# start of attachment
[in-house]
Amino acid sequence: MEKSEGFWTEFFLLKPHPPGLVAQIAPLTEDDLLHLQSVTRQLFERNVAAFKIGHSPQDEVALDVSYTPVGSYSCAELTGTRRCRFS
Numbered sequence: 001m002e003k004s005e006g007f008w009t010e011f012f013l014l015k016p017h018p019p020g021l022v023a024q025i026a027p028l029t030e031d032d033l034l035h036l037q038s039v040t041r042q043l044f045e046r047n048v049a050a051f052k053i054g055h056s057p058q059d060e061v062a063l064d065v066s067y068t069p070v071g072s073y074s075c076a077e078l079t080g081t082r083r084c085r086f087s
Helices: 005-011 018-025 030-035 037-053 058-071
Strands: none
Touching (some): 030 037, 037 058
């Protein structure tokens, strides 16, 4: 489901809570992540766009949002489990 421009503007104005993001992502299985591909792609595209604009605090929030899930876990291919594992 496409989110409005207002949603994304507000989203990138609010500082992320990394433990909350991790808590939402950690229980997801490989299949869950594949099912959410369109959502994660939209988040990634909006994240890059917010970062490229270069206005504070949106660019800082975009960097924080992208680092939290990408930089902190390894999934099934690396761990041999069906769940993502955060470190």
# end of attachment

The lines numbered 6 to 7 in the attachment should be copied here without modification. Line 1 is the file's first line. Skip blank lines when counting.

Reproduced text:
Touching (some): 030 037, 037 058
């Protein structure tokens, strides 16, 4: 489901809570992540766009949002489990 421009503007104005993001992502299985591909792609595209604009605090929030899930876990291919594992 496409989110409005207002949603994304507000989203990138609010500082992320990394433990909350991790808590939402950690229980997801490989299949869950594949099912959410369109959502994660939209988040990634909006994240890059917010970062490229270069206005504070949106660019800082975009960097924080992208680092939290990408930089902190390894999934099934690396761990041999069906769940993502955060470190």